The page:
Is Anyone Planning on Doing Anything About $1 Billion More in AIG Bonuses?
I’m trying to figure out the politics behind the bill moving swiftly through the House to tax bonuses paid to employees by TARP recipients. Obviously it’s an attempt to get in front of a tsunami of public rage that "nobody could have anticipated":
I interpreted this bill to mean that Congress doesn’t want to deal with forcing AIG to break the contracts that call for $1 billion more in bonus to be paid this year as a condition of receiving more funds. Lune over at Naked Capitalism reads it as a "brewing revolt" against Geithner by the House:
It appears that Congress may finally be growing impatient with Obama. If these Congressional initiatives pass (and Speaker Pelosi seems likely to push these through in the next couple of days), they will be a direct rebuke to Geithner’s vision of providing bailout money with minimal strings attached. While the effectiveness of these new tax plans is yet to be seen (I have no doubt executives will be hiring the best tax lawyers around to skirt the regulations), just the fact that Congress is moving more quickly than Obama on these matters is bad news for the Administration.
Both could conceivably be true.
Kagro noted that on Tuesday, Rangel didn’t want any part of such a bill, but now he seems to be the author of it (PDF). The bill would apply a separate tax of 90% to bonuses paid by TARP recipients, and also apply to those paid by Fannie Mae and Freddie Mac.
According to Roll Call (subscription), bank lobbyists are flocking to Capitol Hill to oppose it. Baucus and Grassley have put forward their own Senate version of the bill that would levy a 35 percent tax on employees plus a 35 percent excise tax on the company that paid it. Part of the effort by bank lobbyists, no doubt, who seek to once again "narrow the breadth of the legislation" (just as they did with cramdown).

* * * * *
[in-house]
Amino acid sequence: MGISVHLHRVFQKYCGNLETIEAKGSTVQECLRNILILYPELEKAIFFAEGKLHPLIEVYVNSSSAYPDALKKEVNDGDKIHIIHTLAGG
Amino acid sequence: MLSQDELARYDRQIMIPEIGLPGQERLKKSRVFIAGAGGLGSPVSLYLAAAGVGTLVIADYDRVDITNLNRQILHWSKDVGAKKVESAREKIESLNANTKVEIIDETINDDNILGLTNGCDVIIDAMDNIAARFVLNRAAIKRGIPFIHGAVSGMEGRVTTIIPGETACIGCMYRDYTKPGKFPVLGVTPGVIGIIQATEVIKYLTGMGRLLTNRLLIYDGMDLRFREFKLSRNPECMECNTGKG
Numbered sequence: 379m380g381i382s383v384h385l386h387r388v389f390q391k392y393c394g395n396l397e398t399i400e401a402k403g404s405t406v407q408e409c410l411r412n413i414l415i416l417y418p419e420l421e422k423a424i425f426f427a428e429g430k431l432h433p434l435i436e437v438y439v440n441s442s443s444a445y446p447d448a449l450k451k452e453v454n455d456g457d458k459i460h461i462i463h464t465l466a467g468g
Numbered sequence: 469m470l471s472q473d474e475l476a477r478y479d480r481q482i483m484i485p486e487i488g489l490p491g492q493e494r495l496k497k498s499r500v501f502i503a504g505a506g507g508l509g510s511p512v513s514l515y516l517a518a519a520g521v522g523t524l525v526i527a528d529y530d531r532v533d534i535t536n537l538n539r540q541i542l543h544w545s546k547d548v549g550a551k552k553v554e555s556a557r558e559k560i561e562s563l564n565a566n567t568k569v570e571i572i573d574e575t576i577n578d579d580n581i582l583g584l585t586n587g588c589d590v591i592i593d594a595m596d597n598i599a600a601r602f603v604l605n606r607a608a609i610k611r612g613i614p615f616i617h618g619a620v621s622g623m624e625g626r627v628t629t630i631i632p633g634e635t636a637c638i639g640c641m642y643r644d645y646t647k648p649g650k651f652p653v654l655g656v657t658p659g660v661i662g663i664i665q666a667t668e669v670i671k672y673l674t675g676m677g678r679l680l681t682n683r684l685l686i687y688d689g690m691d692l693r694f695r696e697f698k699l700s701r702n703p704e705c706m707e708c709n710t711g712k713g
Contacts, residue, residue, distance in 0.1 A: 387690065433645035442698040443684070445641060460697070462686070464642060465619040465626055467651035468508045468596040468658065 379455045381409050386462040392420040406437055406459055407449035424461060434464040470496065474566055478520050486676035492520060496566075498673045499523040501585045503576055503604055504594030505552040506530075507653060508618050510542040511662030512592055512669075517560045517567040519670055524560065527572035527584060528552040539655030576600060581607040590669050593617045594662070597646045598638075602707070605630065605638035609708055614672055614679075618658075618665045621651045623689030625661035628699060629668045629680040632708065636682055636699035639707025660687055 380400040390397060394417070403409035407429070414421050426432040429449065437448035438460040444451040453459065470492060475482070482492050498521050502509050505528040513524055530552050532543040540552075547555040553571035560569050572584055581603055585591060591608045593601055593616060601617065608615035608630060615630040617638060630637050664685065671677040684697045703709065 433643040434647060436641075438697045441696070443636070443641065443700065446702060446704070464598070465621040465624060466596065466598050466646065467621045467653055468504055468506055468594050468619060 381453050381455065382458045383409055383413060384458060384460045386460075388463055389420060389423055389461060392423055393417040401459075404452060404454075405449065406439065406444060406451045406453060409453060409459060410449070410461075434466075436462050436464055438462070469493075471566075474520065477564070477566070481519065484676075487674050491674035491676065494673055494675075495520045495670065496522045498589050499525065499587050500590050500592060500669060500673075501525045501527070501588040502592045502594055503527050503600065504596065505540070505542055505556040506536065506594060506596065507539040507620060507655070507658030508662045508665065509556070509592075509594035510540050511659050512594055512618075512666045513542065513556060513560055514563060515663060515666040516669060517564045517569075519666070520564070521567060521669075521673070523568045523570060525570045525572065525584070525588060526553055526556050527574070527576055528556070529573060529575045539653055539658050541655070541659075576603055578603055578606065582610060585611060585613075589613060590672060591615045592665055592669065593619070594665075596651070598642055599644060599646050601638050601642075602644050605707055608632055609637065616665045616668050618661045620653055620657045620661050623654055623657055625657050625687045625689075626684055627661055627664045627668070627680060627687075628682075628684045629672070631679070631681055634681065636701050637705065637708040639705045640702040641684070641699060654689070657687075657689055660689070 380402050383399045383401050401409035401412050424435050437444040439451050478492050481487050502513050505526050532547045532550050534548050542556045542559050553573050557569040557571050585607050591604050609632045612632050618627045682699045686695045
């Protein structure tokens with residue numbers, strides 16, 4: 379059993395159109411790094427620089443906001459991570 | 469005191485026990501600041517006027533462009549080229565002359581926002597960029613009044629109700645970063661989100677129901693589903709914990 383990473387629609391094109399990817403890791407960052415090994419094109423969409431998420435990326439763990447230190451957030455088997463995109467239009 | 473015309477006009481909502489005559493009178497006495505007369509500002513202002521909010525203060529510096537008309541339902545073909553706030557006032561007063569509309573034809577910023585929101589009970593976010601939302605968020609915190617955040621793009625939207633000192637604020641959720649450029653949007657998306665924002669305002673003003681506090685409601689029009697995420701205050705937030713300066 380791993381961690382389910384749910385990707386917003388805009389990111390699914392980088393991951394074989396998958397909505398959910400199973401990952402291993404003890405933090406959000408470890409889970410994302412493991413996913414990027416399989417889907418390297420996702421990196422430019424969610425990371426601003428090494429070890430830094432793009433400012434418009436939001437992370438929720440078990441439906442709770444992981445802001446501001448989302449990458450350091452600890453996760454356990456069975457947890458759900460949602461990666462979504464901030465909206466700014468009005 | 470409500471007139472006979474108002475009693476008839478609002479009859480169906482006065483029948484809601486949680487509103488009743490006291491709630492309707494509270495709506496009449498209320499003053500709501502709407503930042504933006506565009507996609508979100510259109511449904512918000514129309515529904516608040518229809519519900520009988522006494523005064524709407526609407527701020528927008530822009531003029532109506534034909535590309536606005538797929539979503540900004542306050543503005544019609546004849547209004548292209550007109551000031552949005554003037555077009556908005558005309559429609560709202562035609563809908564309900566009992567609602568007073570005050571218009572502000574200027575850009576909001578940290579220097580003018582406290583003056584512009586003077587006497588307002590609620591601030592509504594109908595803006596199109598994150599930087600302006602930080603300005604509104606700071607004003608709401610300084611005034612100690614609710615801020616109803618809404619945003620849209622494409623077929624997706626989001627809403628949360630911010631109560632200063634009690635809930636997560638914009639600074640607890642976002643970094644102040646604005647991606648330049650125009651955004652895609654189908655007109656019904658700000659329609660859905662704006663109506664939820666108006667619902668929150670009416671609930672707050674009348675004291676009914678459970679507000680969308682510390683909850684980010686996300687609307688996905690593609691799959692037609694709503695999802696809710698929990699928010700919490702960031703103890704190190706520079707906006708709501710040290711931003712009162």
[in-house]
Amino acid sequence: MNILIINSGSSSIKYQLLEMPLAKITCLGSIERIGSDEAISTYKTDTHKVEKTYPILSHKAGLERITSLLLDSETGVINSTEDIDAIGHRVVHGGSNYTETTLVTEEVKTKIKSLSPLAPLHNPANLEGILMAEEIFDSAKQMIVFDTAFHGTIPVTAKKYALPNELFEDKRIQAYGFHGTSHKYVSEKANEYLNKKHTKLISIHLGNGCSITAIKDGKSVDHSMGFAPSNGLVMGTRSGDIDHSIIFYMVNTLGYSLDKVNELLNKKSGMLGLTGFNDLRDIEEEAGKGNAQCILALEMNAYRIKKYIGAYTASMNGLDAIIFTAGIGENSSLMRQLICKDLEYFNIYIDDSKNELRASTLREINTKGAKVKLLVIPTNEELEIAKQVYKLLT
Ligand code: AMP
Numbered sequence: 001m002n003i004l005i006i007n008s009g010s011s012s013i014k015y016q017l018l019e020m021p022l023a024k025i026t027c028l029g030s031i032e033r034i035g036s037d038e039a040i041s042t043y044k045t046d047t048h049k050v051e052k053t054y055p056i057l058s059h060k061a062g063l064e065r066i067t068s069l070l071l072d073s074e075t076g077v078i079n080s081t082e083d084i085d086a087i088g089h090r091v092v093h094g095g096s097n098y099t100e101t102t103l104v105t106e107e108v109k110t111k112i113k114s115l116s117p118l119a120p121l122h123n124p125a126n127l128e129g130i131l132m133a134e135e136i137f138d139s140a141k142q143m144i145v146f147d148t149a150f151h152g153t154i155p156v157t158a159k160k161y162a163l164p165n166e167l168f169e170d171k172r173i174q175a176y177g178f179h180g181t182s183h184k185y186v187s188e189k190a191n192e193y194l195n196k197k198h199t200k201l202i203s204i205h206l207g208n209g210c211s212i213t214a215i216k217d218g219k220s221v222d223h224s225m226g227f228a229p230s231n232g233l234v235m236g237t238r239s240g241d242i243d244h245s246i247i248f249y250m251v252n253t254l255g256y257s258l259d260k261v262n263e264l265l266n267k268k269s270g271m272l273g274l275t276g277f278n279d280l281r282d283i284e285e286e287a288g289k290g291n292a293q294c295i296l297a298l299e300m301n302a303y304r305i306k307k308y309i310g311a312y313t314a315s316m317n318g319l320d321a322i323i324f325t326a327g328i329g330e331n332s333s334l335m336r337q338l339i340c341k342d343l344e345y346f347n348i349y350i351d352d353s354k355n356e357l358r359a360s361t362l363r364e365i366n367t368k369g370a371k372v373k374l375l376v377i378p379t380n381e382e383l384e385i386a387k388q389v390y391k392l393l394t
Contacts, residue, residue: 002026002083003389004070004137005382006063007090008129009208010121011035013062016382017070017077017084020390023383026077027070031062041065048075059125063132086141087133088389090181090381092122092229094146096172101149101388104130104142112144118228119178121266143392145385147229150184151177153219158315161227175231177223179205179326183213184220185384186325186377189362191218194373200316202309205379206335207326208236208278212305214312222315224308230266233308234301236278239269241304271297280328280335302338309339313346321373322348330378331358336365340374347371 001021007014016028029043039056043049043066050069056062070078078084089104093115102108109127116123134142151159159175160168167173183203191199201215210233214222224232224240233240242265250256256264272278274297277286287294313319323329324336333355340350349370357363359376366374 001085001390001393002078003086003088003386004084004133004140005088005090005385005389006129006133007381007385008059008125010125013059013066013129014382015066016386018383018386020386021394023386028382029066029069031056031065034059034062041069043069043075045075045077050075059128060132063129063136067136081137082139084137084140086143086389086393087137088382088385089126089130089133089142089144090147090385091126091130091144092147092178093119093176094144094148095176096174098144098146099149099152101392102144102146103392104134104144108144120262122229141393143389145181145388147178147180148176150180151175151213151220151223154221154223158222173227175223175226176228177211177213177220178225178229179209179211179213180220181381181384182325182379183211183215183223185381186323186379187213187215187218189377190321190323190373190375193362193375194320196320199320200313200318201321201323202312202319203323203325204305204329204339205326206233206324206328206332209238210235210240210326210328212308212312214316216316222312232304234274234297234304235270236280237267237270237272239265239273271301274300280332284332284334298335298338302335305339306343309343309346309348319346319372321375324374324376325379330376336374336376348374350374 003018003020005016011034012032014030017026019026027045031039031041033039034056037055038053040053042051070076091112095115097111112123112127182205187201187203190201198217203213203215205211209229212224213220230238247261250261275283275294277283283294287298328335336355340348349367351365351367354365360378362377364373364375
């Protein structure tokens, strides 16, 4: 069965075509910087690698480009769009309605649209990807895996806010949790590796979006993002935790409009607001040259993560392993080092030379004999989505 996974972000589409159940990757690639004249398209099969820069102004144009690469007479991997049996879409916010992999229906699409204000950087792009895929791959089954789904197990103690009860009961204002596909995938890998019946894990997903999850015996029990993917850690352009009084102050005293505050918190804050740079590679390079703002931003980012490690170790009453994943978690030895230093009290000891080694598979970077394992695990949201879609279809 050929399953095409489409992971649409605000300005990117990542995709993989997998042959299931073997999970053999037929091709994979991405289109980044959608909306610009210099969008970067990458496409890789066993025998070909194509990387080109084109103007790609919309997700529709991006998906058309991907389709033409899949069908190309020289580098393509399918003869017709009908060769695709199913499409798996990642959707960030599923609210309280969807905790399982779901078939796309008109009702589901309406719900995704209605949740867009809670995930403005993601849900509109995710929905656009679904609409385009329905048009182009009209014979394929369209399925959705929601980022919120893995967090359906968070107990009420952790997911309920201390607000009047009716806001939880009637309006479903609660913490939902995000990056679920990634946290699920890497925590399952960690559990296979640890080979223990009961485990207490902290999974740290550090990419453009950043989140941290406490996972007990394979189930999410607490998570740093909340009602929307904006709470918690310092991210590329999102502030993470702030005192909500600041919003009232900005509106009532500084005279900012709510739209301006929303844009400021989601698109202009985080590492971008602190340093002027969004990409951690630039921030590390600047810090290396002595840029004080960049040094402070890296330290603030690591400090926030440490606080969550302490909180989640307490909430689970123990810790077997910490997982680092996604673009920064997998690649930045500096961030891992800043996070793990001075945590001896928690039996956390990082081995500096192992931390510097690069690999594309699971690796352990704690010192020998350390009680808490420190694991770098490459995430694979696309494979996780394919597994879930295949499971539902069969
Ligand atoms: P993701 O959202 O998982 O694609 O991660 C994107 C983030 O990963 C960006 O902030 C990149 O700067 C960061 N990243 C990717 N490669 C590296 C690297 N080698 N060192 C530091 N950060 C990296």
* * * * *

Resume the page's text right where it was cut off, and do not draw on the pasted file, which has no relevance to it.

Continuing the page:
Why are lobbyists so freaked out? Roll Call offers a clue:
“The government shouldn’t prohibit expenses that will help strengthen the company,” said Scott Talbott, senior vice president of government affairs at the Financial Services Roundtable.
Bank lobbyists are worried about the health of the banks, I see. Or maybe not:
Lobbyists who work for federally bailed-out banks also have a vested interest in seeing the legislation stopped. Most senior lobbyists at banks such as Citigroup, JPMorgan Chase and Bank of America, earned well over the $50,000 bonus threshold in the Senate legislation.
So much for public spiritedness.
Meanwhile, proving that he’s never been more than a front for bankers who don’t want to pay their fair share of taxes, Grover Norquist is warning that voting for such a bill would break his "anti-tax pledge" that 172 Congressmen and 35 Senators signed.
And I’m listening to Mike Pence in the House, saying that the Republicans have a bill to force Treasury to recoup the AIG bonuses but the Democratic leadership won’t let it on to the floor.
It’s a smart move. As John Aravosis writes, the measure to tax these bonuses is really half-assed and doesn’t get to the heart of the problem — namely, the deal cut by Timothy Geithner calls for AIG to cut $1 billion more in bonus checks to be paid for in July and September of this year. The GOP bill has absolutely no chance of passing since there’s virtually no way these companies can take back bonuses that were paid with the approval of both Geithner and the Fed, pursuant to contracts that nobody (i.e., Eric Holder) has challenged the validity of. But, in the meantime, it gives the GOP a good reason to oppose the tax bill and not sound like they are complete tools for bank lobbyists, which they absolutely are.
The problem of these bonuses is not going away. The only struggle, as far as I can tell, is to see how little Congress and the administration can conceivably do about it.